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Do you need a cover letter in 2024?

Do You Need a Cover Letter in 2024?

Do you need a cover letter in 2024? This is one of the questions that came up in a training I recently led for those affected by layoffs. My response: I’ve been recruiting for over a decade and I can’t remember the last time I read a cover letter. Honestly, I can’t remember the last time a hiring manager requested to view a cover letter.

Do you need a cover letter in 2024?

Cover letters are time-consuming and often don’t add much value. Maybe a cover letter would be useful for a role that requires writing or editing but more often than not those job interview processes include a writing assessment. If not a writing assessment, they will ask for samples of work. I find they often go the assessment route because samples of work could have been heavily edited by someone else before they were published. If a cover letter is optional then it’s okay to skip.

How can I stand out without a cover letter?

Instead of a cover letter focus your energy on these things:

Put together a solid resume

Your resume is your number one ticket to an interview. There is no need for fancy templates or headshots to stand out. Ensure your resume concisely highlights your skills. If you have had a lot of different experiences think about what that common thread might be. Ask yourself, what skills or role and I known for or have the most experience in? From there, you can minimize anything that doesn’t align with that message.

Update your LinkedIn using a variety of keywords

LinkedIn is the #1 way recruiters find you. The database works through keyword searches. Try to incorporate a few keywords into your description to ensure your profile shows up in searches. For example, I am a recruiter by trade. My LinkedIn profile should include words like: “talent acquisition” and “recruiter” since companies refer to this title in different ways. I also try to sprinkle in related words like “recruitment”, my industry, and other important skills like people management.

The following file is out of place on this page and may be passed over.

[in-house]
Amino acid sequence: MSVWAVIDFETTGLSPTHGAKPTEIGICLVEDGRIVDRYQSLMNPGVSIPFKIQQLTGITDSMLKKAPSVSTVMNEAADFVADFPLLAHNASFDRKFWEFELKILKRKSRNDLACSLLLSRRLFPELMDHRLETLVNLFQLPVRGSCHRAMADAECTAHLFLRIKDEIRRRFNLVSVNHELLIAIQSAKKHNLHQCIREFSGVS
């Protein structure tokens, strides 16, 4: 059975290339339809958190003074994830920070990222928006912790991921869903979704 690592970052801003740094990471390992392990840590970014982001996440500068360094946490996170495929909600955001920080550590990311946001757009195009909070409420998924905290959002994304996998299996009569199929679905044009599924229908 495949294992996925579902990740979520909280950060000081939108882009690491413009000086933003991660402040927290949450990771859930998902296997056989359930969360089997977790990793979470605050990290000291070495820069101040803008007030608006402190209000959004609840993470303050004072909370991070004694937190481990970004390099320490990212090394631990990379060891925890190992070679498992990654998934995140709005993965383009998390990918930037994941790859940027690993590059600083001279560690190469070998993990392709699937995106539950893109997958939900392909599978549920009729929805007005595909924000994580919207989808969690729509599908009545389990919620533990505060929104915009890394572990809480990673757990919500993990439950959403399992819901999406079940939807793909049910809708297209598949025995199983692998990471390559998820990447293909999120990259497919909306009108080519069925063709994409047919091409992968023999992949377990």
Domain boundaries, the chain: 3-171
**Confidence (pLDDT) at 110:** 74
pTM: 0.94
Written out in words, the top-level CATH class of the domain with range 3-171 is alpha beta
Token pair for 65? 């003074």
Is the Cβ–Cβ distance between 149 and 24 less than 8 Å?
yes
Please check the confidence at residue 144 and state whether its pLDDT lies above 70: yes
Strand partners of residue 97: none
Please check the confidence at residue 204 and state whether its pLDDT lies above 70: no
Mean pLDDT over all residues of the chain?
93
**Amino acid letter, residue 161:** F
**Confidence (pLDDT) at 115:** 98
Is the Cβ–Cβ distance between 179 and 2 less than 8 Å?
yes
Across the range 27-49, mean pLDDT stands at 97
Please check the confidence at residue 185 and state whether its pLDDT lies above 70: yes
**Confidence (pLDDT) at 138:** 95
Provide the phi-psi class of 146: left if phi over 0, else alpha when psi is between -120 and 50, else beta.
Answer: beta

Your LinkedIn description should be a high-level summary of your resume. You want to give people a reason to reach out and learn more.

Update your portfolio

If you are in a creative field, it’s important to have your portfolio of work current. Invest some time in refreshing your portfolio. Ensure you link to it on your resume. Make sure it’s not password protected otherwise you give people an opportunity to move on to the next person. You can also include links to your best work on LinkedIn.

Identify key people in your network and send thoughtful messages

When it comes to job searching, using your network is helpful. Find key people in your network, and send thoughtful messages. If there is something you have in common try to use that to your advantage i.e. someone from your alumni network. Start your note off with something about college to get their attention. Then talk about the role you found, and how you feel you would be a great fit. End with, any chance you could assist with getting my resume in front of the right person? If not, no problem – would love to still stay connected. Avoid coming from a place of desperation or asking someone you don’t know to do something for you. Give them the option.

Overall, I don’t think cover letters are necessary in 2024 or useful. If they are optional in your job application process, then I would skip it. No company is going to pass on someone who has all of the experience they need but didn’t submit a cover letter. That would be ridiculous. Instead of wasting your time on cover letters, work on refining your resume, updating your LinkedIn profile and portfolio, and thoughtfully networking. Hopefully, this gives you more insight into navigating the job search and saves you a little time too.